Educators and other cultural workers need to develop a notion of leadership as both a vision and a practice within rather than outside of history, semiotics, culture, and ethics. I believe that in order to expand the possibilities of leadership, educators need to address the relationship between authority and ethics, politics and power, ideology and culture. In this perspective, pedagogy as a form of cultural politics presupposes the ability of educators to engage in the practice of representation and in the representation of practices. In the first instance, educators need to be self conscious about how they construe conditions which portray specific visions of what it means for teachers and students to be political, moral, and aesthetic agents. In the second instance, they need to be made aware of the consequences of their actions in terms of their effects on other students, parents, the community, and the larger society. Schooling for citizenship is a form of political and ethical address that is self-conscious and attentive to the ways in which pedagogical practices address deep-seated social problems such as sexism, class discrimination, racial hatred, and ecological abuse.

The quality of democratic life must be seen as part of a broader reconstruction of democratic public life. In this instance, schooling for citizenship means organizing schools and other cultural sites in ways that enable students to make judgments about how society is historically and socially constructed, to understand how existing social relations are organized around racism, sexism, and other forms of oppression, and to struggle for critical public cultures that both challenge and transform those configurations of power that characterize the existing system of education and larger social structure.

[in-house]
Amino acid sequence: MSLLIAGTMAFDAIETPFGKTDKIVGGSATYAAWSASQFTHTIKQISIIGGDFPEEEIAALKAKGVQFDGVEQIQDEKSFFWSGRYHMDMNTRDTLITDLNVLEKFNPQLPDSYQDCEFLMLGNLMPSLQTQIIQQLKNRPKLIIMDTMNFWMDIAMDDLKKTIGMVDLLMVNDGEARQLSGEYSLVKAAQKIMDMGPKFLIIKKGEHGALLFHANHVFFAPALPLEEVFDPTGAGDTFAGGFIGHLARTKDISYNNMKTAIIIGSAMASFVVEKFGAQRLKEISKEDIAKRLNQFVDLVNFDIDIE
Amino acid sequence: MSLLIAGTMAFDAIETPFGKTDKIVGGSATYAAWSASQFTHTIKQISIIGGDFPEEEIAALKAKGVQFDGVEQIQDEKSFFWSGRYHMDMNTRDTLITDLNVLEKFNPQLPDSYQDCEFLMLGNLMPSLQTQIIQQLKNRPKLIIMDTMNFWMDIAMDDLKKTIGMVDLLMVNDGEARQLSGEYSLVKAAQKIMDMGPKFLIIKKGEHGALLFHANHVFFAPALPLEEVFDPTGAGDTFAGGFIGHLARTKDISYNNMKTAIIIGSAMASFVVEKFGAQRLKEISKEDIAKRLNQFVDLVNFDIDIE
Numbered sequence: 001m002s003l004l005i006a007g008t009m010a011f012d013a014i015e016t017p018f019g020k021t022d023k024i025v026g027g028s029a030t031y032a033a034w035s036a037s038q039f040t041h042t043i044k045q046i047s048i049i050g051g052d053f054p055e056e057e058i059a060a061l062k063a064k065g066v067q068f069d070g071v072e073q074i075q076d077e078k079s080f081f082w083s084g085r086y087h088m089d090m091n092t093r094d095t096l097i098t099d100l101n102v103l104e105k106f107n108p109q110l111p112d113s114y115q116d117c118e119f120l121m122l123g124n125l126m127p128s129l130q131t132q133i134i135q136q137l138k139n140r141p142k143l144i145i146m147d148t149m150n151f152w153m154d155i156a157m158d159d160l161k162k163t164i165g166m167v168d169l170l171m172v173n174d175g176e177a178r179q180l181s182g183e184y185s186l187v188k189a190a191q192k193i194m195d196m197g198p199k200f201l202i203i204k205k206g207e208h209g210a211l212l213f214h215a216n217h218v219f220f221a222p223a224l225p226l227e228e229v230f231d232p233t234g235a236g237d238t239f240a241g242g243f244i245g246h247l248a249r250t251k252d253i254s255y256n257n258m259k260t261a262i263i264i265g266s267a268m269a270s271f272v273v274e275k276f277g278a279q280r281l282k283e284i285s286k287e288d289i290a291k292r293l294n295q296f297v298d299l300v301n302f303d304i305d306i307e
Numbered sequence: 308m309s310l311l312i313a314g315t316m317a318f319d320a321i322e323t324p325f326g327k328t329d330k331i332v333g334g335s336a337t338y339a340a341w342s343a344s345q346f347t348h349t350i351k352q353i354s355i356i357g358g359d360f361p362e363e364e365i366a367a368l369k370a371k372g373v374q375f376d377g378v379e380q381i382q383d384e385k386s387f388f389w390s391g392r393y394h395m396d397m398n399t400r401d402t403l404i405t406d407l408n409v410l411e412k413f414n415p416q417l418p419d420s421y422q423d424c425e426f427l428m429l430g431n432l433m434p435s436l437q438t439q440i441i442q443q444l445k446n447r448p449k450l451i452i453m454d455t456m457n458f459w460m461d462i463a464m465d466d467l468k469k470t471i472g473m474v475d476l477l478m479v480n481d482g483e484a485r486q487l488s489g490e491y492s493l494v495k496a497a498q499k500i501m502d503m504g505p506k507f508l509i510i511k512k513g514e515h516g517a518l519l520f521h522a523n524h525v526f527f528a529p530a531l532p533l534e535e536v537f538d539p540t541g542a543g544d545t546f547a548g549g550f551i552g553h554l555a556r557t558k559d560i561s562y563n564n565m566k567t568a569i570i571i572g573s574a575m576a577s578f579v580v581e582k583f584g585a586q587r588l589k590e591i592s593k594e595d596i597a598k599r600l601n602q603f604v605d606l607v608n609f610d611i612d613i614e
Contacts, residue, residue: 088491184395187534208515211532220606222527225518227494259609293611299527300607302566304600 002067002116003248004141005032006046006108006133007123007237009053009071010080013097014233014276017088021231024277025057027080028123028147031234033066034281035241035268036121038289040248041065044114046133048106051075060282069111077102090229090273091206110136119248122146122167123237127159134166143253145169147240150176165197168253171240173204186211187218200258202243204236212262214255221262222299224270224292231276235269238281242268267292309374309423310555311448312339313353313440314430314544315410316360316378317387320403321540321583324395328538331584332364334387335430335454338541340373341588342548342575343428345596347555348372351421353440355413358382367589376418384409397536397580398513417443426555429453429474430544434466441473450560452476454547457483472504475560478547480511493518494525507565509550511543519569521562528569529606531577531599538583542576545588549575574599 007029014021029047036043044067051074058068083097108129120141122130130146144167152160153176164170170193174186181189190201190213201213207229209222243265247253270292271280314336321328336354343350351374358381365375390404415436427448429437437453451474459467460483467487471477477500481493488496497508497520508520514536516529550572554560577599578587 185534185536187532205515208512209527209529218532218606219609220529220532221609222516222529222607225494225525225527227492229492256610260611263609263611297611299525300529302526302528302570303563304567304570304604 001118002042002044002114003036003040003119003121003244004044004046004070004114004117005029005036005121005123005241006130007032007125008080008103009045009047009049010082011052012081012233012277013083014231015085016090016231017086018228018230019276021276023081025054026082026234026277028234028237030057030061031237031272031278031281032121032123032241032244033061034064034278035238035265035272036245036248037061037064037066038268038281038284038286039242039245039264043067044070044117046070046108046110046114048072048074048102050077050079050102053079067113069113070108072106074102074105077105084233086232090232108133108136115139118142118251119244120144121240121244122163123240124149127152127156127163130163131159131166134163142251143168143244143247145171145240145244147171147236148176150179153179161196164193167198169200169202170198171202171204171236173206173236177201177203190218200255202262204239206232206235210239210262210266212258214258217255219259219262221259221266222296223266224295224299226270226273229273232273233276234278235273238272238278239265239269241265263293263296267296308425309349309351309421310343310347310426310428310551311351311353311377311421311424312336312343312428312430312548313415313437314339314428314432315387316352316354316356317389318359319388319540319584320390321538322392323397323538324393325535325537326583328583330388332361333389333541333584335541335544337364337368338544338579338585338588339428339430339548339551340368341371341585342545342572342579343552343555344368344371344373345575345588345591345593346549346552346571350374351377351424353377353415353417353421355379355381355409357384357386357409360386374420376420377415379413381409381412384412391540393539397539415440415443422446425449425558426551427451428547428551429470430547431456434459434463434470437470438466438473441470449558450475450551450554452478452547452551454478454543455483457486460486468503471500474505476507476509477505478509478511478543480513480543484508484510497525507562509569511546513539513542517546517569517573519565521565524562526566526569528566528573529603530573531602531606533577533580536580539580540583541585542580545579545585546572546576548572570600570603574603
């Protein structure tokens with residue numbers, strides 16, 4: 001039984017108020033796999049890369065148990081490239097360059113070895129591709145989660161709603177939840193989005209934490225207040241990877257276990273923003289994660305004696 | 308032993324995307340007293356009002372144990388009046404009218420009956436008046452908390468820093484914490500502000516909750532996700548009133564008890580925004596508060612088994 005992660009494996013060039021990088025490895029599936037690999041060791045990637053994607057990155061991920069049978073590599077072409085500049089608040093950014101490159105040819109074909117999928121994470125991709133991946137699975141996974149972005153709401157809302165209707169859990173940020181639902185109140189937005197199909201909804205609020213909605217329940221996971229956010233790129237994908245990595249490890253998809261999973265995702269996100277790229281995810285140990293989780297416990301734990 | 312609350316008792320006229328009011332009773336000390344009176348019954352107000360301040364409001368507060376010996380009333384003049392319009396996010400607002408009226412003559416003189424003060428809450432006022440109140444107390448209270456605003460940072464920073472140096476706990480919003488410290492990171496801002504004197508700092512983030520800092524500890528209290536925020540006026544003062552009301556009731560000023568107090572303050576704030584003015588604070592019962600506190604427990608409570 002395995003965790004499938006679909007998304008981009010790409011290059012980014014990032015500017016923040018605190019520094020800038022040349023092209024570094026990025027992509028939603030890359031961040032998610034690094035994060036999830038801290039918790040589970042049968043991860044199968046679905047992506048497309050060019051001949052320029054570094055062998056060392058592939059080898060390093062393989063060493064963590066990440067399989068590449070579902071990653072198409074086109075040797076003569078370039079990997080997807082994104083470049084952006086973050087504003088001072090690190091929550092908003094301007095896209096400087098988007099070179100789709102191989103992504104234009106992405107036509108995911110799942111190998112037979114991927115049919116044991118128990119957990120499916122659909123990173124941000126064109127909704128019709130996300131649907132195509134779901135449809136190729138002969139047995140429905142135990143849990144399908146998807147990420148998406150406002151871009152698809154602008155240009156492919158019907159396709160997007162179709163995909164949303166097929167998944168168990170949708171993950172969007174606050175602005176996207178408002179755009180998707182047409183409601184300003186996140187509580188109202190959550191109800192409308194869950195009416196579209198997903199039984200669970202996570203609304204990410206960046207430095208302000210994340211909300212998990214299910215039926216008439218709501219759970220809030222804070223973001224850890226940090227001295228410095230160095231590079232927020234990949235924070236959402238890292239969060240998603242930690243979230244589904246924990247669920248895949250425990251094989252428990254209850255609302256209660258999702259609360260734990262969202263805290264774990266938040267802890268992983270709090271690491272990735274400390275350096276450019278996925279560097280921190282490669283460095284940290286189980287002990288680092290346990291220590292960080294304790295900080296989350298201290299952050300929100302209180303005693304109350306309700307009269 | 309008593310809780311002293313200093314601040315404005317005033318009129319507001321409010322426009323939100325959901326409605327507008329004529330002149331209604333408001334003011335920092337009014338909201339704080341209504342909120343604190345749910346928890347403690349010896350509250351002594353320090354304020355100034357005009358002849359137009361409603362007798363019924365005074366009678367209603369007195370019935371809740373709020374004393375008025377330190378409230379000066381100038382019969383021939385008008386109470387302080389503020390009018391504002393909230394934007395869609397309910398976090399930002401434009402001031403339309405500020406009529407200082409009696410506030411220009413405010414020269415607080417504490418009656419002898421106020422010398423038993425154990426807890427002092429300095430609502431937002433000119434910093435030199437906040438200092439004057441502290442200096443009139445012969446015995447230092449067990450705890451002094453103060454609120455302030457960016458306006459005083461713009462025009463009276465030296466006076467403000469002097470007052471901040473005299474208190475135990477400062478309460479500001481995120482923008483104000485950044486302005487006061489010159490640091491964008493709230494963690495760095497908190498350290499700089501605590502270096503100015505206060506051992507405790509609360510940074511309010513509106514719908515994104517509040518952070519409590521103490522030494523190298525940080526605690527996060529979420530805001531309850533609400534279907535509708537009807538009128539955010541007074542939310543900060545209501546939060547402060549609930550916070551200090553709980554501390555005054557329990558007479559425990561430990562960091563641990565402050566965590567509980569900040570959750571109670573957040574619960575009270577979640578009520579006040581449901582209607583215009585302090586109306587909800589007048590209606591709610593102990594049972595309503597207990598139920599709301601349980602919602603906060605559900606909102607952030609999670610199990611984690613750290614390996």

At the very least this means organizing schooling around a vision that links the ethical and political to the demands of a public life. It also means providing the conditions for students to link their own voices to the material and ideological conditions necessary for them to become agents who think critically, take risks, and understand how power works in the interests of both domination and possibility. In addition, it means making the curriculum and its attendant social practices compatible with the central principles of equality, freedom, and justice. In short, schooling for citizenship suggests asking what it means to conceive of education as a process and democracy as a goal that entails a never-ending struggle.